The Real Places That Gave Rise to Southern Fictions
by Casey Cep
There is a cheap way of invoking the American South—common to country songs and television shows and pulpy novels—that involves setting the scene with corn- fields or battlefields and setting the table with gravy and grits. You know that you’re in the midst of it when an otherwise deracinated character drops his final “G”s and says something about livin’ high on the hog or complains about how it’s colder out- side than a witch’s tit. But it takes more than kudzu or a Mason jar to make a work of Southern fiction. A real sense of place requires something else—more verb than noun, not a thing but a way of being.
And yet some of those Southern nouns! Church, river, cotton—they shake the soul, cleanse the spirit, and line the roadsides. It is difficult to imagine William Faulkner without the rising waters of the Yoknapatawpha River, or Jesmyn Ward without the deep currents of the Wolf River. There would be no plot if not for the twenty-seven wagons full of cotton that Silva Vicarro needs separated in Tennessee Williams’s play, and no plot twist if not for the gin that tore up Tom Robinson’s arm in Harper Lee’s To Kill a Mockingbird. The gossip-filled, gospel-free church ladies in the stories of Alice Walker and Eudora Welty are the very sort that drove Hazel Motes to found the Holy Church of Christ Without Christ in Flannery O’Connor’s Wise Blood.
It is this kind of heftier noun which Tema Stauffer takes for her subject in Southern Fiction, a visual survey of the settings that shaped the imaginations of some of the last century’s most significant Southern writers. Stauffer’s pictures are not illustra- tions of particular literary works or portraits of individual writers but, rather, invocations of people and places, both real and imagined. Taken together, they capture the intellectual and aesthetic challenges posed by biography, but also by geography— and specifically by the American South.
Stauffer’s own biography begins in North Carolina, where she was born but not raised. She grew up in the Midwest and studied photography there before moving to New York City and publishing the book Upstate, which rendered beautiful and specific the notions of decay and revitalization so often glibly used to describe for- mer industrial cities like Hudson, New York. Eventually, she moved back to North Carolina, after taking a job at East Tennessee State University. Her earliest memories of the South are not her own but borrowed from the novels of Carson McCullers and Truman Capote and the photographs of Walker Evans and William Christenberry.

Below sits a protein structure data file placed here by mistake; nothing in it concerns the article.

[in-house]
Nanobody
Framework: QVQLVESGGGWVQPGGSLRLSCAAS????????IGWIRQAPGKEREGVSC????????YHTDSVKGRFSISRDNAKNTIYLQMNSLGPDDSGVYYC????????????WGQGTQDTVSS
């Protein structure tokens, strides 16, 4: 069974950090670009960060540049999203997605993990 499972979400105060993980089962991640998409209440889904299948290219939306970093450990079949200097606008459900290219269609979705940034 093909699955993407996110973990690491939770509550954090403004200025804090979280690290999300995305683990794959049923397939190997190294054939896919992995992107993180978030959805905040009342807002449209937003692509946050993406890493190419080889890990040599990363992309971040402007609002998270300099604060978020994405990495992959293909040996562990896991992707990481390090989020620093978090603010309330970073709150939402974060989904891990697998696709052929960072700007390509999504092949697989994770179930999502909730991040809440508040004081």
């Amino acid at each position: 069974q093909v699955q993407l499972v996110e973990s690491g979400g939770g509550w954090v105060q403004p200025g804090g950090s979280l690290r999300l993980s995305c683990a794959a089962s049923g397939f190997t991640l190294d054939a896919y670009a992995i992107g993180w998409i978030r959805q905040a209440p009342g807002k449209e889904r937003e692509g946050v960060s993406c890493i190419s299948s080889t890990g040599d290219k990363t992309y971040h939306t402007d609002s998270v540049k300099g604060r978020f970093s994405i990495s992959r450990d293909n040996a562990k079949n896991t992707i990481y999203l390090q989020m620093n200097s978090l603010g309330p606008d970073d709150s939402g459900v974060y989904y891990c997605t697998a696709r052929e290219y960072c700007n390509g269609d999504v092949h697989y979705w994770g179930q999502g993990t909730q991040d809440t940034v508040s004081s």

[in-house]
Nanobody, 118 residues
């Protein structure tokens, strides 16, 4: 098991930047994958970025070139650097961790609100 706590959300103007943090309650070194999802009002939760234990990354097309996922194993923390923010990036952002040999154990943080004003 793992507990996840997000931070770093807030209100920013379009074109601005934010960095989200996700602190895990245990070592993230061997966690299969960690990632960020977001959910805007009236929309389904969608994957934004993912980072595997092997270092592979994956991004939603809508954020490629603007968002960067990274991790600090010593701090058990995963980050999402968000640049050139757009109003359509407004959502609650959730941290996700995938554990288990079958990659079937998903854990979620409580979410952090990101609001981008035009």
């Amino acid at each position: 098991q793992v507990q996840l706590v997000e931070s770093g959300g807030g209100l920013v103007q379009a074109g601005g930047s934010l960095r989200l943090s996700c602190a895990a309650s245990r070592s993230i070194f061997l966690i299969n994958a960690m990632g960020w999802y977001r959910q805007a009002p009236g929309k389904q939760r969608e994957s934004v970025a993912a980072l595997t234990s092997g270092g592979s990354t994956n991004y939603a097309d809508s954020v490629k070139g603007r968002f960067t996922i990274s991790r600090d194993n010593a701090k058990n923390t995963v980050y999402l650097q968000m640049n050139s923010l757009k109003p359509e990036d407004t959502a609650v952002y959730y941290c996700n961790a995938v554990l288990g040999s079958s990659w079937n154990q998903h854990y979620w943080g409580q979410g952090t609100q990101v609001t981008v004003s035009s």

Part of what interests Stauffer is how you can know a place before you have ever been there, and how the experience of going there is shaped by your expectations of what you will find. This shadow South, the one that exists in our collective imag- ination, was much on her mind four years ago, as she started thinking about the pictures that would become Southern Fiction and went looking for what, in many ways, she had already seen. In Mississippi, she returned to Eudora Welty’s kitchen in Jackson, nearly forty years after William Eggleston had already photographed it; she shot a church in the tiny town of Rodney, where Welty herself had once taken pictures while working for the W.P.A.; and she captured the motel sign in the city of Canton, where Hollywood comes calling when it needs to set a film in “the South,” everything from A Time to Kill to O Brother, Where Art Thou?
This part of the country has the look of a place that has been looked at, not always with accuracy or charity. These are the other kind of fictions which the series con- fronts: the kind of lies told about the South by those who live there, and the oth- er kind of lies told by those who do not. In Stauffer’s work, however, homespun magnolia myths and wisteria fables are unraveled—for instance, by a cold, crisp picture of the Standard Oil gas station where the civil rights activist Samuel Leamon Younge Jr. was murdered in Tuskegee, Alabama—whereas the foreign finger-point- ing conviction that the whole South’s history is whitewashed is likewise undone, in- cluding by a pastel-perfect picture of the boycott mural in Port Gibson, Mississippi.
As for the lies told by artists: Stauffer considers those, too. For every dilapidated grocery store or rustic farm stand that has been depicted exploitatively or sentimentally by other photographers, Stauffer’s images playfully indict the appetite for poverty and delight in podunk that so many people bring to any place south of the Mason-Dixon Line. In her picture of Richard Wright’s childhood home, for example, the ostensible subject of the photograph is half visible, but fully pristine and carefully maintained by the family who now live there. The image centers instead the bleak house next door, with its sagging bricks, peeling paint, and torn roof, effectively gesturing to the poverty of Wright’s upbringing while simultaneously forcing viewers to look hard at their own assumptions about Black homeownership, in Natchez or anywhere else.
Read more of Casey Cep's essay The Real Places That Gave Rise to Southern Fictions in Tema Stauffer's Southern Fiction.
Tema Staufferis a photographer whose works examines the social, economic, and cultural landscape of American spaces. She is currently an Associate Professor of Photography at East Tennessee State University. Her work is represented by Tracey Morgan Gallery in Asheville, North Carolina and has been exhibited at galleries and institutions nationally and internationally.
Casey Cep is a staff writer at The New Yorker and the author of Furious Hours: Murder, Fraud, and the Last Trial of Harper Lee. She is a graduate of Harvard College and the University of Oxford, where she studied as a Rhodes Scholar. She lives with her family on the Eastern Shore of Maryland.